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The Magical Absurdity in a Very Old Man with Enormous Wings

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A Crab, a Spider, and the Noisy Stars Above: An Analysis of the Magical Absurdity in Marquez’s “A Very Old Man with Enormous Wings”

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A multitude of literary devices can ultimately sway the interpretation of a literary work in one direction or another. Authors employ symbols, gaps, motifs, and cruxes to either dilute or emphasize a grand—or sometimes not-so-grand—message for the reader to internalize and solicit meaning. The interpretation of these meanings, however, relies on heavy subjectivity from the reader and often varies from one critical analysis to the next, particularly when examining a text from a Formalist perspective. Gabriel Garcia Marquez’s short story, “A Very Old Man with Enormous Wings”, exemplifies the imprecise science behind textual analysis by distorting the separations between the supernatural and the conventions of human experience. Marquez bonds the realms of magic and the physical universe in such a manner that both the characters and the reader must struggle to decipher the meanings that circumscribe the juxtaposed reality within the story. From a Formalist perspective, Marquez summons dramatic images of the grotesque, exercises irony and juxtaposition, and challenges the credentials of humanity to make “A Very Old Man with Enormous Wings” a parody of the process of literary interpretation.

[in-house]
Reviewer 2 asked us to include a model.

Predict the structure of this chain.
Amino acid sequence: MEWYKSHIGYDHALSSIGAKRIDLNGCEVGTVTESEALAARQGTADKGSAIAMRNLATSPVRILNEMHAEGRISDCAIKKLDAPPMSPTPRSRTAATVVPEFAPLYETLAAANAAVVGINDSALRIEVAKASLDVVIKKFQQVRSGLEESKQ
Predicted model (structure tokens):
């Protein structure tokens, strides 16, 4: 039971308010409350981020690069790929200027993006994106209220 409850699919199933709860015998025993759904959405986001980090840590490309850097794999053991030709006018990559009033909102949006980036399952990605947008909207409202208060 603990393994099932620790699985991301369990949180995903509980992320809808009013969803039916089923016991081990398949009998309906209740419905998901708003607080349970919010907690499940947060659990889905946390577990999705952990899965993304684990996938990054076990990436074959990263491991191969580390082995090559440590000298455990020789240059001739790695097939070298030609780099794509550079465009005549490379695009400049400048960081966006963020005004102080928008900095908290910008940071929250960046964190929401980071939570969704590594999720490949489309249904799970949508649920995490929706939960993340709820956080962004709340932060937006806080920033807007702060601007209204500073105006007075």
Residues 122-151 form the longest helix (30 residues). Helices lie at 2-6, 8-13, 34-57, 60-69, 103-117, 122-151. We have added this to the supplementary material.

Frances K Barasch defines the grotesque as a moment, or recurrence of moments, manifested in an image or series of images that yields an inherent conflict between disgust and humor (4). These images, usually characterized by “ludicrous-horror”, leave the reader torn between laughter and disgust (5). Marquez clearly frames his narrative in this manner, and instances of the grotesque and the ridiculous routinely appear throughout the text, often simultaneously. The contrast makes the solicitation of meaning difficult for the reader. For example, Marquez does not grant the obvious and expected “angelic” characteristics to the old man. Rather than furnish his angel with the iconic qualities of youth, majesty, or heraldry, Marquez introduces an abomination complete with dirty, half-plucked “buzzard wings” and an inability to overcome the force of the rain (Barnet et al. 177). Furthermore, Pelayo and Elisenda demonstrate their own grotesque behavior by locking the old man with the fowl in their chicken coop. This, too, is unexpected, and casts the story in both horror and humor. Marquez acknowledges the absurdity of his angel’s condition, allowing his narrator to comment that the angel is not “a supernatural creature but a circus animal” (177). The angel, however, is not the only grotesque image Marquez provides. The woman who changes from a human into a spider is equally split between the revolting and the ridiculous, again emerging as parody and ultimately relegated to the status of “carnival attraction” (179). It is these contrasting paradigms of light and dark that Marquez calls forth to confuse the reader, effectively creating a farce not only within the confines of the text, but also within the intrinsic processes of textual interpretation.